ELEANOR HALL: Back home now and the Coalition Parliamentary Secretary in charge of reviewing Indigenous employment has invoked the US president, Barack Obama, in calling for a shift in approach on the issue.
Alan Tudge says the focus in Indigenous employment is too often on the barriers preventing people from working.
But he told Lexi Metherell that it should be on a more positive "yes we can" creed.
LEXI METHERELL: Alan Tudge, you've written today an opinion piece talking about what you say is a focus on the barriers that prevent Indigenous people from working, rather than a focus on the opportunities that are open to them. Who's erecting those barriers?
ALAN TUDGE: I think it's all of us in some respects. I think the language in relation to Indigenous employment and consequently the attitude has been about barriers that prevent people from being work ready, when, what I'm suggesting is we need to change our collective thinking to being let's focus on what people can do, rather than what people cannot do.
I'll give you one example where a remote community I visited in central Australia last year had, it was a messy community, there was rubbish everywhere. When I asked, well why couldn't a work gang be developed to clean up the community, the response was that people weren't work ready and that it was outside the guidelines, the policy guidelines, for such activity to be done.
Now, to me that needs to be addressed. A, the attitude and B, if there are any policy principles which are preventing such activity being done then we need to address that as well.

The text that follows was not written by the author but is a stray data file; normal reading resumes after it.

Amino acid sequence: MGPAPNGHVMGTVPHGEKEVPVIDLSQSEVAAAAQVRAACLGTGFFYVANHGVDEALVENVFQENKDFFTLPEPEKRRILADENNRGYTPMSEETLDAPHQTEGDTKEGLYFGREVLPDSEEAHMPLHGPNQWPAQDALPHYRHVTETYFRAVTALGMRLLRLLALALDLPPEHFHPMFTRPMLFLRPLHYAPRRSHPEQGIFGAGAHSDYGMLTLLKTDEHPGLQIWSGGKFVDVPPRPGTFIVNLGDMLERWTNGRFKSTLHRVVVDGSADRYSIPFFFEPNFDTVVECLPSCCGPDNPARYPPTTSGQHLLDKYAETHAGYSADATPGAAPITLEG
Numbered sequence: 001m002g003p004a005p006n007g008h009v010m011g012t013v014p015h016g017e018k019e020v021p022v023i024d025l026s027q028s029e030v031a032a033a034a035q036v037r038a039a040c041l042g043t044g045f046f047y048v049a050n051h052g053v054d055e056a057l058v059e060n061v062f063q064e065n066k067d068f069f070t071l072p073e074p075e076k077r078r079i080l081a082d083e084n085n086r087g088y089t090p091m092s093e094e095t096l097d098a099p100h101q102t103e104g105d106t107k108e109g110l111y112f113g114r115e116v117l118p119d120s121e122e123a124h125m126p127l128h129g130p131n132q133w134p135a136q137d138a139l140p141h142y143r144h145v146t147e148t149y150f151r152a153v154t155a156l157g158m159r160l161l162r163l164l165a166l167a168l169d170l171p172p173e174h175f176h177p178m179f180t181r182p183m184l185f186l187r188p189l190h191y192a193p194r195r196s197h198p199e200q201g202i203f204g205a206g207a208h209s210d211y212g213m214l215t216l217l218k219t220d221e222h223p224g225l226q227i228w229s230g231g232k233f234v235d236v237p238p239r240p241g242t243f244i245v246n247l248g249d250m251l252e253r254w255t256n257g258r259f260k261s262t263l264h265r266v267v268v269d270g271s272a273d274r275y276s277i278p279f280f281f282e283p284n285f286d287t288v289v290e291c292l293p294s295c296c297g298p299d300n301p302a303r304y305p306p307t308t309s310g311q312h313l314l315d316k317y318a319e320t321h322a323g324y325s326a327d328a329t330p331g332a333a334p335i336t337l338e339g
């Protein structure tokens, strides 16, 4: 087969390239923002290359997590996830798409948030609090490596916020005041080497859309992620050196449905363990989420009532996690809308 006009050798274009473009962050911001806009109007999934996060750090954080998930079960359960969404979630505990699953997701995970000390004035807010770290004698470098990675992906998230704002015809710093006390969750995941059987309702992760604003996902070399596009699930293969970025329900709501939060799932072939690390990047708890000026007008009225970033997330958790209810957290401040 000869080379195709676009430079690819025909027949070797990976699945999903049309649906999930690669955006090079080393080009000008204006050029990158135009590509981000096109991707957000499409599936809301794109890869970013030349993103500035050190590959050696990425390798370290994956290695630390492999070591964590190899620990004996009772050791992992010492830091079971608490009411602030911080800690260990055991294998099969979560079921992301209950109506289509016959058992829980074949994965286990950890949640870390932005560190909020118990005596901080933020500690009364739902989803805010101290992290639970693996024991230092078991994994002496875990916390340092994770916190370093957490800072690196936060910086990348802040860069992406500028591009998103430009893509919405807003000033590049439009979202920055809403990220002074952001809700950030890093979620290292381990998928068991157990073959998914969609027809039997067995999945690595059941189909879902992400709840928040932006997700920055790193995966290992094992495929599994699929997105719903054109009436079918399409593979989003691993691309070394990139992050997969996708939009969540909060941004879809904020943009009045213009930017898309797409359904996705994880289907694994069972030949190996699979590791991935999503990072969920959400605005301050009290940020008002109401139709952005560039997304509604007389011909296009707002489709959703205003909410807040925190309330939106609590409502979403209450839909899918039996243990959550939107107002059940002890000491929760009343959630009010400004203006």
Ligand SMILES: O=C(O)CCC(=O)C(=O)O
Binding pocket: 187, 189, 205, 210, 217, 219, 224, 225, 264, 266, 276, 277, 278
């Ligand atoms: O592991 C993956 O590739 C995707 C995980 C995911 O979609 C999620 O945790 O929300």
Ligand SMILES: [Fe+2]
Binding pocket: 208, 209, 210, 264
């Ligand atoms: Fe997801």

LEXI METHERELL: Isn't a large part of the problem the fact that there are not many really meaningful jobs with good career prospects for people in remote areas?
ALAN TUDGE: Some places have fewer jobs than others. And there are some Indigenous leaders, such as Noel Pearson, who argue that part of people's futures has to be a concept called orbiting, which he talks about. Where people may start their schooling and start their initial work in the community, but then orbit out to somewhere nearby and then come back and still have the connection to their home community.
LEXI METHERELL: You've said that the Coalition Government will strongly support private sector-led job initiatives for Indigenous people, such as the Australian employment covenant, which was launched by Andrew Forrest five years ago. Now that program has around 60,000 jobs pledged from private companies. But over five years, only around 12,000 of those places have been filled. I mean, can you reasonably say that that's a success?
ALAN TUDGE: It's a success. Any further Indigenous employment is a success. And there has been a considerable increase in the proportion of Indigenous people employed over the last ten or so years. But we've still got a long way to go.
LEXI METHERELL: And what's the Coalition's target for Indigenous employment?
ALAN TUDGE: We announced at the election campaign that a $45 million commitment to support the rollout of several more, what's called v-text (phonetic), which are a mechanism for training people directly into a job. And we had a target there for 5,000 additional people to be employed through that mechanism.
LEXI METHERELL: By when?
ALAN TUDGE: Oh, we haven't said that. We're going through the design process at the moment in terms of where they might be and what they might do and what's a realistic timeframe.
ELEANOR HALL: That's the Parliamentary Secretary to the Prime Minister, Alan Tudge, speaking to Lexi Metherell.